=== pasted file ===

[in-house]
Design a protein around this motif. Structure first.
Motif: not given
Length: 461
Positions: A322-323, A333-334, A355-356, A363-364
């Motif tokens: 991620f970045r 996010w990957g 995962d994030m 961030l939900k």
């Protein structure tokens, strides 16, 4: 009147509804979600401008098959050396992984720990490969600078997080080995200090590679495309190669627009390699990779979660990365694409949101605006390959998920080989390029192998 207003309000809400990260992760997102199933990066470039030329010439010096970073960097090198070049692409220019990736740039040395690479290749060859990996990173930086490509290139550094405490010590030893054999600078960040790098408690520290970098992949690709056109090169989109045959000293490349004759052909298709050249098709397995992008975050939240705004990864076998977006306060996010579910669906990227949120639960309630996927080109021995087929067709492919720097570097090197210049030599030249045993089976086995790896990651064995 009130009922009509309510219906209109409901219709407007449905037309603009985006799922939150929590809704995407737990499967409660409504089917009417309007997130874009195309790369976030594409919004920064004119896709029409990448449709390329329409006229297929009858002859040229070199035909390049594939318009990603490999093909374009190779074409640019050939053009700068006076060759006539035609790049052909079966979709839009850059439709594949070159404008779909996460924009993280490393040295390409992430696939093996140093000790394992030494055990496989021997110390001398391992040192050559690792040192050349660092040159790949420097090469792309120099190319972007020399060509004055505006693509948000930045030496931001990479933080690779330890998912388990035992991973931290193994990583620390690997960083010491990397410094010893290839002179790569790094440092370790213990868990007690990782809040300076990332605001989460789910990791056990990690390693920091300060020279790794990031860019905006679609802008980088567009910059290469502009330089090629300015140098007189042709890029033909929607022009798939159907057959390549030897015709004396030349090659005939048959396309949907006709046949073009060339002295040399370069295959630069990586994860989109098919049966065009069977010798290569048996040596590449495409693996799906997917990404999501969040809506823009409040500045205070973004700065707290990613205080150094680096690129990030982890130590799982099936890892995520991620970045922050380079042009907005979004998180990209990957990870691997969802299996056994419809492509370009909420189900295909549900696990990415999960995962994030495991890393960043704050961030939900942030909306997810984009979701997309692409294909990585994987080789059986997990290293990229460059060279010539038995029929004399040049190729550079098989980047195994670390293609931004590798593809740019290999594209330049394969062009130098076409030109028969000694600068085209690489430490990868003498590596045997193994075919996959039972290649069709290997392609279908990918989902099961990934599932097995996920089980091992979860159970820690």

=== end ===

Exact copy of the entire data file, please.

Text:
[in-house]
Design a protein around this motif. Structure first.
Motif: not given
Length: 461
Positions: A322-323, A333-334, A355-356, A363-364
């Motif tokens: 991620f970045r 996010w990957g 995962d994030m 961030l939900k």
């Protein structure tokens, strides 16, 4: 009147509804979600401008098959050396992984720990490969600078997080080995200090590679495309190669627009390699990779979660990365694409949101605006390959998920080989390029192998 207003309000809400990260992760997102199933990066470039030329010439010096970073960097090198070049692409220019990736740039040395690479290749060859990996990173930086490509290139550094405490010590030893054999600078960040790098408690520290970098992949690709056109090169989109045959000293490349004759052909298709050249098709397995992008975050939240705004990864076998977006306060996010579910669906990227949120639960309630996927080109021995087929067709492919720097570097090197210049030599030249045993089976086995790896990651064995 009130009922009509309510219906209109409901219709407007449905037309603009985006799922939150929590809704995407737990499967409660409504089917009417309007997130874009195309790369976030594409919004920064004119896709029409990448449709390329329409006229297929009858002859040229070199035909390049594939318009990603490999093909374009190779074409640019050939053009700068006076060759006539035609790049052909079966979709839009850059439709594949070159404008779909996460924009993280490393040295390409992430696939093996140093000790394992030494055990496989021997110390001398391992040192050559690792040192050349660092040159790949420097090469792309120099190319972007020399060509004055505006693509948000930045030496931001990479933080690779330890998912388990035992991973931290193994990583620390690997960083010491990397410094010893290839002179790569790094440092370790213990868990007690990782809040300076990332605001989460789910990791056990990690390693920091300060020279790794990031860019905006679609802008980088567009910059290469502009330089090629300015140098007189042709890029033909929607022009798939159907057959390549030897015709004396030349090659005939048959396309949907006709046949073009060339002295040399370069295959630069990586994860989109098919049966065009069977010798290569048996040596590449495409693996799906997917990404999501969040809506823009409040500045205070973004700065707290990613205080150094680096690129990030982890130590799982099936890892995520991620970045922050380079042009907005979004998180990209990957990870691997969802299996056994419809492509370009909420189900295909549900696990990415999960995962994030495991890393960043704050961030939900942030909306997810984009979701997309692409294909990585994987080789059986997990290293990229460059060279010539038995029929004399040049190729550079098989980047195994670390293609931004590798593809740019290999594209330049394969062009130098076409030109028969000694600068085209690489430490990868003498590596045997193994075919996959039972290649069709290997392609279908990918989902099961990934599932097995996920089980091992979860159970820690």